It’s hard to avoid right now – you can feel politics in the air, I think. It’s all over the news, on our minds, and everywhere we look. Presidential elections tend to have that impact, but this one in particular has reached new levels of presence in our minds and our lives.
Perhaps this would have been a useful post months ago when we were focused on the issues prior to the election, but then again, here we are almost a week later and it seems that people are talking more about politics now than before the election. Should we be talking politics at work?
Political conversations are understandable. Regardless of what side you’re on, there are feelings about how the election went, concerns about policies going forward, and opinions of every kind. I have heard a lot of conversations about politics at clients’ workplaces recently and I started to think about whether the workplace is the right place for such discussions.
I don’t think talking about politics is a bad thing. I think the problem is that it’s such a personal topic. It’s an easy way to hurt feelings, marginalize employees or coworkers, and an opportunity to say something stupid. Maybe the topic isn’t the problem – the way we engage in those conversations might be.
I’ve worked for people before who seem to wholeheartedly believe that their opinion is the only opinion. I’ve been asked to work campaigns, represent the company at political events, and had to sit through countless rants about the opposing party or candidate – all related to political agendas and parties with which I did not agree. It was uncomfortable and stressful and I hated that part of the job. I did at one point (actually several points) state my case, but it was to no avail and I was early enough in my career that I was more concerned about keeping a job that I otherwise liked than I was about my personal stress level and comfort. It made for a challenging work environment and I resented the constant barrage of political messages there (at that particular job, politics seemed like a year-round discussion). I haven’t worked there in a long time, and during this election I felt very glad.
When I sat down to write this, I was thinking about that experience and how negatively the seeming lack of regard for different opinions affected me, my attitude and sometimes my work. I was thinking that I would write about how the workplace is simply not an appropriate place to talk politics. As I think about it, though, that might be the wrong answer. We keep shushing it. We’re not supposed to have opinions for fear of offending someone. We’re not supposed to talk about politics or race or religion or other “uncomfortable” topics at work. But we spend most of our waking hours at work. At work, we may be in the most diverse group of people we experience on any given day. Perhaps at work we have the most opportunity to look at things critically and at least understand our environment a bit more.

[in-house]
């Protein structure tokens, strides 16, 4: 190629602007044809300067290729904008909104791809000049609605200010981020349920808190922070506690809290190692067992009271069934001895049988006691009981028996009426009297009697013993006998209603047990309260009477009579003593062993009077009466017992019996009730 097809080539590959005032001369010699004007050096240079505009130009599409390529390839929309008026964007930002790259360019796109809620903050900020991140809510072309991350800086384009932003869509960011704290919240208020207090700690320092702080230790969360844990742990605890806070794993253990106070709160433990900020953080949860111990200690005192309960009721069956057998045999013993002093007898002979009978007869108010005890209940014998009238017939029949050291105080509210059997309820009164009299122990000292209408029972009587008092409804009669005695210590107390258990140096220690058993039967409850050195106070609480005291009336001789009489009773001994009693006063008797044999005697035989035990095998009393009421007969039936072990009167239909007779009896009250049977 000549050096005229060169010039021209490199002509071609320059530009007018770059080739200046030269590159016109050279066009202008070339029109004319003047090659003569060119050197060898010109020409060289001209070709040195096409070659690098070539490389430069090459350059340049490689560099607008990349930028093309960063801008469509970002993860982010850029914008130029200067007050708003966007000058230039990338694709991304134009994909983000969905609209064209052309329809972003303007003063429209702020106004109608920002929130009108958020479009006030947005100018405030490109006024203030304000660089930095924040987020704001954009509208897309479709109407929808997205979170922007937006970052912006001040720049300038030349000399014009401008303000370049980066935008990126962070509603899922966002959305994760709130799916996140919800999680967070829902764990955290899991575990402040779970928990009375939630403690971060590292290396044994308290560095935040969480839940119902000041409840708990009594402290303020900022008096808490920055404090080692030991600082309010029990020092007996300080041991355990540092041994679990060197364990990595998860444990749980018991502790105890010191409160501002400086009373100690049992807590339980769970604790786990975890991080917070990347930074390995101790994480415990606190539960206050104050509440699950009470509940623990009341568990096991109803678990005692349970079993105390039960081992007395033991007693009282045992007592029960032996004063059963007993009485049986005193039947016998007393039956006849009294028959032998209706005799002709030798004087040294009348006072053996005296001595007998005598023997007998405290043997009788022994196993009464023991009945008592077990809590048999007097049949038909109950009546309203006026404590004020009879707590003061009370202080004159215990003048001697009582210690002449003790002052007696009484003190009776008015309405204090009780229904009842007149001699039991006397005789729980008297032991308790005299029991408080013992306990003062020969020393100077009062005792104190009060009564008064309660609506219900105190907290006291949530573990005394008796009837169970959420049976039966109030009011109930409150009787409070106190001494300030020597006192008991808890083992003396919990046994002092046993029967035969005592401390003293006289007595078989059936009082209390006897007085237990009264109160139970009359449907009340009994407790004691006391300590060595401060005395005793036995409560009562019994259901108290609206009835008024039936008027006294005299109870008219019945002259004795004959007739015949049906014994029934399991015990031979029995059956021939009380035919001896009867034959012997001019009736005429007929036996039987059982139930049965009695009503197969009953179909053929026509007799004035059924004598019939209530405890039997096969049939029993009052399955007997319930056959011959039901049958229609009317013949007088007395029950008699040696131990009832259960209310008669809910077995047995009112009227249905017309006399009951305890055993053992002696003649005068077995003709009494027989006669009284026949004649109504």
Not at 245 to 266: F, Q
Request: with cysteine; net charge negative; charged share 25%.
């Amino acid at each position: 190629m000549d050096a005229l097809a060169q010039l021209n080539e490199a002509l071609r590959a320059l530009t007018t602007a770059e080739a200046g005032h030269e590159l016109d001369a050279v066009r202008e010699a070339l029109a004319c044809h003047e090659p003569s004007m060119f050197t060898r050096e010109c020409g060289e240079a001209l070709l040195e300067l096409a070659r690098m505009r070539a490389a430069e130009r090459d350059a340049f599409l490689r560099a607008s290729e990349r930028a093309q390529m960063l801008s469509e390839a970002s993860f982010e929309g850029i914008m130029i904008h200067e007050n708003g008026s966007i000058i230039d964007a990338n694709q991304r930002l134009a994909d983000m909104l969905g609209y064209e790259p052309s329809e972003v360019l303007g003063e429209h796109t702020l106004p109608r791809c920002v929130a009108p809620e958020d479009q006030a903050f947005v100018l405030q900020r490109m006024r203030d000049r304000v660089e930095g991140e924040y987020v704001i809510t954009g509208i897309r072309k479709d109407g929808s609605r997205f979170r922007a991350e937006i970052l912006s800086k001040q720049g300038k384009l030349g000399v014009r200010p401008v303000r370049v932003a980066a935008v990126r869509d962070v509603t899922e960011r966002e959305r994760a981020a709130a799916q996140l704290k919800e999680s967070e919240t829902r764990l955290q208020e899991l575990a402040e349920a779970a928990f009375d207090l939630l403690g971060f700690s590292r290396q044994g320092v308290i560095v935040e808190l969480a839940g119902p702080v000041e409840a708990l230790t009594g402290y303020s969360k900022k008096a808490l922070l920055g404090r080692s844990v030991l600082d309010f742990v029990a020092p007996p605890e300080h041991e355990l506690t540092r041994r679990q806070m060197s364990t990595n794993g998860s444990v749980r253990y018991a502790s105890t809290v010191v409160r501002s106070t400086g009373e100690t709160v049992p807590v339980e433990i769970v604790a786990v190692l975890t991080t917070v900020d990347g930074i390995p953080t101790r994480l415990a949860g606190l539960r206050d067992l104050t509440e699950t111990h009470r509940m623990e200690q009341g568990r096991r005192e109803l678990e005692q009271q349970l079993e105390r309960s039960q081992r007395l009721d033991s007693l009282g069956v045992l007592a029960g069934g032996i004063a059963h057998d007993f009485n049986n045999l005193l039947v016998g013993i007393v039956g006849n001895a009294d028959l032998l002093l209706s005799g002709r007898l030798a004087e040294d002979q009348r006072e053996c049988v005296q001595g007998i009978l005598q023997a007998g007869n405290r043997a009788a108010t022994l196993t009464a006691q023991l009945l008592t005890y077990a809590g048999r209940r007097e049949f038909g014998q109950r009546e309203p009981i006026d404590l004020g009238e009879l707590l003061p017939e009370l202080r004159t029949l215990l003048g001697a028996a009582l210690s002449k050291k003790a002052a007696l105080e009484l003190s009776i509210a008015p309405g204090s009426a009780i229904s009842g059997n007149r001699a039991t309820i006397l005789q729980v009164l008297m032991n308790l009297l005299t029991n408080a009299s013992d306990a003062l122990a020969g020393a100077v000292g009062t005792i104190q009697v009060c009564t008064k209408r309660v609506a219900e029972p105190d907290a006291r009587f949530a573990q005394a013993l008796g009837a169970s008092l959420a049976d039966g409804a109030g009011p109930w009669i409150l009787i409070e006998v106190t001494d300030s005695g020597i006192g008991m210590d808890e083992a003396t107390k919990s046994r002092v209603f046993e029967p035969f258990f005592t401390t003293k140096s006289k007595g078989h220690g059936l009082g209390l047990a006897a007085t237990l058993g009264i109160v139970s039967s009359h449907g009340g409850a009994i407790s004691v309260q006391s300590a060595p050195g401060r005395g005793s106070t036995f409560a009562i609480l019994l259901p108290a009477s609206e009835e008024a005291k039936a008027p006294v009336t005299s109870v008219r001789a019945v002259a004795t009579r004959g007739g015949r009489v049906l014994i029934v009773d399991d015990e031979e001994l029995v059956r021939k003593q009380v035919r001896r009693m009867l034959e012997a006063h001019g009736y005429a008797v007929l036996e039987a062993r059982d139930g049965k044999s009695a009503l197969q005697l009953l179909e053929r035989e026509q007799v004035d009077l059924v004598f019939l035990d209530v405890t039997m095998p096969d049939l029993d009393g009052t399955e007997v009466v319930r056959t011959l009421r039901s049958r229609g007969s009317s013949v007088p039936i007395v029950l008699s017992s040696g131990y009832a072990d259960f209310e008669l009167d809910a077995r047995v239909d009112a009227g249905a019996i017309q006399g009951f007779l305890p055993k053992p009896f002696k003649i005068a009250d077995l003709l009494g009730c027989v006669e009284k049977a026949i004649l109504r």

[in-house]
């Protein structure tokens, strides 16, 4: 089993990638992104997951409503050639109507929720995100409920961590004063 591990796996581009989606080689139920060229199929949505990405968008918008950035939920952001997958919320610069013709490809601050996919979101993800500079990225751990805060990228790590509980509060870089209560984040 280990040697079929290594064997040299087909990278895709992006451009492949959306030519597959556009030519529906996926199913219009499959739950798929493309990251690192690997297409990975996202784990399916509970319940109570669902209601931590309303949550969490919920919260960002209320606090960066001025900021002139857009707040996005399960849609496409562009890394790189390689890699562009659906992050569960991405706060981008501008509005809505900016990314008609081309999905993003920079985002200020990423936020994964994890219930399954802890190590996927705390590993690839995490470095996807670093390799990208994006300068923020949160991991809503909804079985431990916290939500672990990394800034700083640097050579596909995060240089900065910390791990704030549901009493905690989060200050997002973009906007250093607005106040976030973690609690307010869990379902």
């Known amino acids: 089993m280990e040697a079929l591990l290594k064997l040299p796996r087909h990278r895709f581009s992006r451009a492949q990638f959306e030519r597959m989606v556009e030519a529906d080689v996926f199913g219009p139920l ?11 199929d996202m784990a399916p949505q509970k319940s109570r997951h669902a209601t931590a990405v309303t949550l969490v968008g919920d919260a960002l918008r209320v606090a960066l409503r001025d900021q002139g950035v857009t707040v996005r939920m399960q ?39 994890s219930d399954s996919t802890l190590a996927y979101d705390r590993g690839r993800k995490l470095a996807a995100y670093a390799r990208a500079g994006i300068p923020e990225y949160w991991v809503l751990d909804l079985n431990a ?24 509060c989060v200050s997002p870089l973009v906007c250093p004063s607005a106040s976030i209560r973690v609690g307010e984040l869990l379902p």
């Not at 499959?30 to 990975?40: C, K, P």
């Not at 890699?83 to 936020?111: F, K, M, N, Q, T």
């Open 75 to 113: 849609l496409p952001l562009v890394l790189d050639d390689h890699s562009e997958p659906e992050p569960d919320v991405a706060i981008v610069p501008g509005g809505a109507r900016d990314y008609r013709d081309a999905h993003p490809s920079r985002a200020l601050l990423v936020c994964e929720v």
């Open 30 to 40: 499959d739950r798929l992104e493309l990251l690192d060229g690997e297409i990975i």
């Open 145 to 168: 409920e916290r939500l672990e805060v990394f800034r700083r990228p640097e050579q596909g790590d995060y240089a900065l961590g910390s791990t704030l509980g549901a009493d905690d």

We have an elephant and a donkey in the room and we’re pretending it doesn’t stink. We’re looking the other way when we should be poking around at them and asking questions about what they are doing there and how they got there and what they mean. Most political conversations I’ve observed recently are simply focused on one person trying to impose an opinion on another. Then there are those that latch on to whatever the internet told them that morning and spread it as if it’s the uncontested truth (because the internet can’t lie). Neither conversation serves any real purpose, and those are the conversations that I was really thinking about when I started writing this. If that’s how you talk politics, having those conversations at work is inappropriate.
On the other hand, if we can have conversations that help us understand each other, why shouldn’t we talk politics? If we can be open-minded, good listeners, and critical thinkers, talk away. Ask questions, create opportunities for analysis, and don’t simply shut someone down because they think differently than you do. That could be a great conversation. It’s probably a conversation our country needs right now, and I think we shouldn’t be so scared to have those conversations at work. It doesn’t mean that we will change our minds or views, but if we were able to have a conversation where we could genuinely ask things like, “why do you think that?” or “how do you know that’s true?” we might at least learn something – or at least be able to respectfully disagree rather than just disagree.